Tracing the fate of stable isotopically-enriched nutrients is a sophisticated method of describing and quantifying the activity of metabolic pathways. Nuclear Magnetic Resonance (NMR) offers high resolution data, yet is under-utilised due to length of time required to collect the data, quantification requiring multiple samples and complicated analysis. Here we present two techniques, quantitative spectral filters and enhancement of the splitting due to J-coupling in H, C-HSQC NMR spectra, which allow the rapid collection of NMR data in a quantitative manner on a single sample. The reduced duration of HSQC spectra data acquisition opens up the possibility of real-time tracing of metabolism including the study of metabolic pathways . We show how these novel techniques can be used to trace the fate of labelled nutrients in a whole organ model of kidney preservation prior to transplantation using a porcine kidney as a model organ, and also show how the use of multiple nutrients, differentially labelled with C and N, can be used to provide additional information with which to profile metabolic pathways.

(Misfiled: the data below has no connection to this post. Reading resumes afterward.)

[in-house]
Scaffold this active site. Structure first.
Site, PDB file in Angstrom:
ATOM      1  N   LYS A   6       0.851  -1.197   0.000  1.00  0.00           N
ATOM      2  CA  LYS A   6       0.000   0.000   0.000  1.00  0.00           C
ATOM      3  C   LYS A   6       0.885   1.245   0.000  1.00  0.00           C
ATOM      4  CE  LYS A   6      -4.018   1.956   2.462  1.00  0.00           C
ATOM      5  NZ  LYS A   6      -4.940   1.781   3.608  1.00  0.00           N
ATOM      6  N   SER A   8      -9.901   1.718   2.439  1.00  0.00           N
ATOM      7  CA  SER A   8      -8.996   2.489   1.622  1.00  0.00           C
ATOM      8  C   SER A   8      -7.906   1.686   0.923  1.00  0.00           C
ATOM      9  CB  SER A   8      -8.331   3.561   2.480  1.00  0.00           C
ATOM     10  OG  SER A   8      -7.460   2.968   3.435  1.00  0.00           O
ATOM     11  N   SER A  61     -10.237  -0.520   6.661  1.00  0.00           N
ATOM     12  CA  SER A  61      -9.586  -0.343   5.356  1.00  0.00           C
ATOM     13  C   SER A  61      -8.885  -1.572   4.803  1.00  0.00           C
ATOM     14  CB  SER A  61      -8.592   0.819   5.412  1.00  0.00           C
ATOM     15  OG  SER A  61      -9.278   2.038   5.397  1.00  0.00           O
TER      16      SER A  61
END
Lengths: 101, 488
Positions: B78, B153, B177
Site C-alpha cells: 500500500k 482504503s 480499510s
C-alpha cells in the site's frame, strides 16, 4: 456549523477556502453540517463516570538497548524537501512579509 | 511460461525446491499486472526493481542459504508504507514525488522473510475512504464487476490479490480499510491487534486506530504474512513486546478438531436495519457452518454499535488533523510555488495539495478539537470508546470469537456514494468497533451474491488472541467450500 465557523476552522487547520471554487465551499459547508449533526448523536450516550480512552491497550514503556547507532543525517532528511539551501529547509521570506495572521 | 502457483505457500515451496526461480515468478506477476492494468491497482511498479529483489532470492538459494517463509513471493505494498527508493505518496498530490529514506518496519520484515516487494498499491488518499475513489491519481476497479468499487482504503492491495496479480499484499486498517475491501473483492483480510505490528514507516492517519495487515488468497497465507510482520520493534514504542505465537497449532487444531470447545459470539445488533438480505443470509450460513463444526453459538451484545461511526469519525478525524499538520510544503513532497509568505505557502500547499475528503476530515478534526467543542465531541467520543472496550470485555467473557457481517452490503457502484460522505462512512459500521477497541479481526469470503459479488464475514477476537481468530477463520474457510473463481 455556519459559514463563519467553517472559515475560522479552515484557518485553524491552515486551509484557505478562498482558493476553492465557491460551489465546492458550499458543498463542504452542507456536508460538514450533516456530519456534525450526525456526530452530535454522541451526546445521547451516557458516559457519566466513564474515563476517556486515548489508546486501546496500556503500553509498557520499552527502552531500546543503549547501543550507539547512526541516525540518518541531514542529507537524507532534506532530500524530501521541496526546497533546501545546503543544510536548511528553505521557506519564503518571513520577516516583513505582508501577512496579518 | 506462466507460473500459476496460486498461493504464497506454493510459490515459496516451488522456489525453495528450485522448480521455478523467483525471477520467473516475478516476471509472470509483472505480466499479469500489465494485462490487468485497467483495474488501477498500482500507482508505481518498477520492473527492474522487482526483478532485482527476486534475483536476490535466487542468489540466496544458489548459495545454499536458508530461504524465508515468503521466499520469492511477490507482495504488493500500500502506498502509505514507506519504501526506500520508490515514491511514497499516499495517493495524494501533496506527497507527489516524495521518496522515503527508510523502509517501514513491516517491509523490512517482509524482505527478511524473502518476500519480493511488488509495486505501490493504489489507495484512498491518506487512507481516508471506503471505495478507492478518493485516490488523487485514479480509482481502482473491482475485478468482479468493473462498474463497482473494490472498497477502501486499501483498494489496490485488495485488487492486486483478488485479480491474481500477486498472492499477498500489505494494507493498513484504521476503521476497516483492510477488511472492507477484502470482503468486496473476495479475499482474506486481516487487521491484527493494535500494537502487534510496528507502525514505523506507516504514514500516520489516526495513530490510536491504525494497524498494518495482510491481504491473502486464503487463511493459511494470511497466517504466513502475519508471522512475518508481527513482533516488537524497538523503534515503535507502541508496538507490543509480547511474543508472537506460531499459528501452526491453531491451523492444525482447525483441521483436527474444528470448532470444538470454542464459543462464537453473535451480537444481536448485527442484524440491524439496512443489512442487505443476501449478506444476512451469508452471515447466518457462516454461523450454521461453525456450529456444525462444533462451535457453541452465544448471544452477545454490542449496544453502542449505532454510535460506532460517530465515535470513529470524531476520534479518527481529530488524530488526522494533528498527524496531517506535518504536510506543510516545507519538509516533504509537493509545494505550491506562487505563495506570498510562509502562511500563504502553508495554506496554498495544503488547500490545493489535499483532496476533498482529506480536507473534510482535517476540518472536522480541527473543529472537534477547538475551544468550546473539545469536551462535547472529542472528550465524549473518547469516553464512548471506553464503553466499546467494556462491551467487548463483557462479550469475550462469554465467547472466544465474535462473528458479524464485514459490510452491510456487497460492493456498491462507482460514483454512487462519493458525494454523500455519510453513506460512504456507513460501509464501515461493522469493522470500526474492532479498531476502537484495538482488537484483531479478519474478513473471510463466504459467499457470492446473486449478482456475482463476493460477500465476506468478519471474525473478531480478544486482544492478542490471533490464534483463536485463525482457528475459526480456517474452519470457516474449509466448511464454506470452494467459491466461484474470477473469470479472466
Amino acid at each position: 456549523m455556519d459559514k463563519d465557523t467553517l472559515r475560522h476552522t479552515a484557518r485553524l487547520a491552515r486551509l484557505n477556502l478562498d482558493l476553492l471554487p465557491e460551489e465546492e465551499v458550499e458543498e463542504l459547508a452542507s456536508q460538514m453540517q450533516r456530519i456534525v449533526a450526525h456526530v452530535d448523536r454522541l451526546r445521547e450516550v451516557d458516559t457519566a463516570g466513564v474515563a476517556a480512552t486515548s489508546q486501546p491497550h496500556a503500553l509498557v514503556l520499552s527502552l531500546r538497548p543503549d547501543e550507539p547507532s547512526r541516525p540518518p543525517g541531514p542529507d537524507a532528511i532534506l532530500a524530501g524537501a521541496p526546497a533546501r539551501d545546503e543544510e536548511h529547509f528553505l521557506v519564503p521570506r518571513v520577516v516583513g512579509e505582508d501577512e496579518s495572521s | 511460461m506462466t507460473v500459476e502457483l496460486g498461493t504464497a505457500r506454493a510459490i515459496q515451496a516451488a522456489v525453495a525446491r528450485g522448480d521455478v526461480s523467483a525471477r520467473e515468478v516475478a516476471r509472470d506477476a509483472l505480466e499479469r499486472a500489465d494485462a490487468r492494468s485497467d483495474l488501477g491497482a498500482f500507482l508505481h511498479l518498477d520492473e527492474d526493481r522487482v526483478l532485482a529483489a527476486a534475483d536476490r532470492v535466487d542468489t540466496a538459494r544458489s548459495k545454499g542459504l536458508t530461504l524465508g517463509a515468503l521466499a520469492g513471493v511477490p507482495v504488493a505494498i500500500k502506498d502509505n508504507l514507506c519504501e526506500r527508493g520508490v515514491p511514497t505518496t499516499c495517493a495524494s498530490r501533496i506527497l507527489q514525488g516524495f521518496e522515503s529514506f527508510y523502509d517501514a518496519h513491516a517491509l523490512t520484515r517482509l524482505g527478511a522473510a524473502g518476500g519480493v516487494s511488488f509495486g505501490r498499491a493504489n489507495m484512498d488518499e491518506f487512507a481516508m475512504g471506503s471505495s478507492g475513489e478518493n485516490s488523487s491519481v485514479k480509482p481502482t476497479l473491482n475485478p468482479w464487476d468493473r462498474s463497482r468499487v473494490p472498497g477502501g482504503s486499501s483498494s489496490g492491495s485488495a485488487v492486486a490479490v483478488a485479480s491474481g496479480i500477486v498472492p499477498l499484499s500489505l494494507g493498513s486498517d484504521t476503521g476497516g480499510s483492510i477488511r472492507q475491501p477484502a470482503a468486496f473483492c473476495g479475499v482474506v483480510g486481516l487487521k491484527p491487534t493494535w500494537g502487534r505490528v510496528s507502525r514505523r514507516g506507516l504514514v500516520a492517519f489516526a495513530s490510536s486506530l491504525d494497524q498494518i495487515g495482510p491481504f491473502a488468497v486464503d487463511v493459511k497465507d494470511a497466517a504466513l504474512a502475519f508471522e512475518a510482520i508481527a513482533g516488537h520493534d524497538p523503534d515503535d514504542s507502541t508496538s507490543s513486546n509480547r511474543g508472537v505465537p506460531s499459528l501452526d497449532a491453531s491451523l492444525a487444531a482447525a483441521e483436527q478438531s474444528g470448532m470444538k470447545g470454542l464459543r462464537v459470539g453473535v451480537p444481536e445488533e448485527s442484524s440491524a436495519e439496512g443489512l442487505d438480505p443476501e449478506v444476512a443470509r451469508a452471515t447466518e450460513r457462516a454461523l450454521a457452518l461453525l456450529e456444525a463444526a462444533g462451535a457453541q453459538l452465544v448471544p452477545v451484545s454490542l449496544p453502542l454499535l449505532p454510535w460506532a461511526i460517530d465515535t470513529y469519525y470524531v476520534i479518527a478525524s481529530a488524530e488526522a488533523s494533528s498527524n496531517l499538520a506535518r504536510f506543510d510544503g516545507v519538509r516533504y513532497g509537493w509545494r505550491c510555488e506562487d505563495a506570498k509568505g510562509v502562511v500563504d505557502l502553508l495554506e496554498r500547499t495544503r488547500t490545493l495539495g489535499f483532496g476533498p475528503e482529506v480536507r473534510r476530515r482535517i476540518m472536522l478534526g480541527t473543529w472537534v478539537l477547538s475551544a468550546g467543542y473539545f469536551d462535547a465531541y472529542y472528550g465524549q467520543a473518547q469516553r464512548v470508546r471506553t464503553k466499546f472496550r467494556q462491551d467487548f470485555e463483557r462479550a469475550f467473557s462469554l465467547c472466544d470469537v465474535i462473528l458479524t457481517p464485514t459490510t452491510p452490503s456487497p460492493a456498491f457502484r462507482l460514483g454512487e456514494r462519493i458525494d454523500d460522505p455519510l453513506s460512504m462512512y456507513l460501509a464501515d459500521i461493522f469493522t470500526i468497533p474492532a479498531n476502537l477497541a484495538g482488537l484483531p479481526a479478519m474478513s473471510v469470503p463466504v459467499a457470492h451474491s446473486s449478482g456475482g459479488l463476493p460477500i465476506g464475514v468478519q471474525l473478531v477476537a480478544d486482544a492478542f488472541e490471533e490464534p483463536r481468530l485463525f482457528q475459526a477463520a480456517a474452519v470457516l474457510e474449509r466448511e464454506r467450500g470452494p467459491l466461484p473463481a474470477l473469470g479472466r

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http://dx.doi.org/10.12688/wellcomeopenres.13387.2DOI Listing
http://www.ncbi.nlm.nih.gov/pmc/articles/PMC5811808PMC
January 2018

Emissions of Secondary Formed ZnO Nano-Objects from the Combustion of Impregnated Wood. An Online Size-Resolved Elemental Investigation.

Environ Sci Technol 2018 01 4;52(2):895-903. Epub 2018 Jan 4.

Environmental Engineering Institute (IIE), School of Architecture, Civil and Environmental Engineering (ENAC), École Polytechnique Fédérale de Lausanne (EPFL) , CH 1015 Lausanne, Switzerland.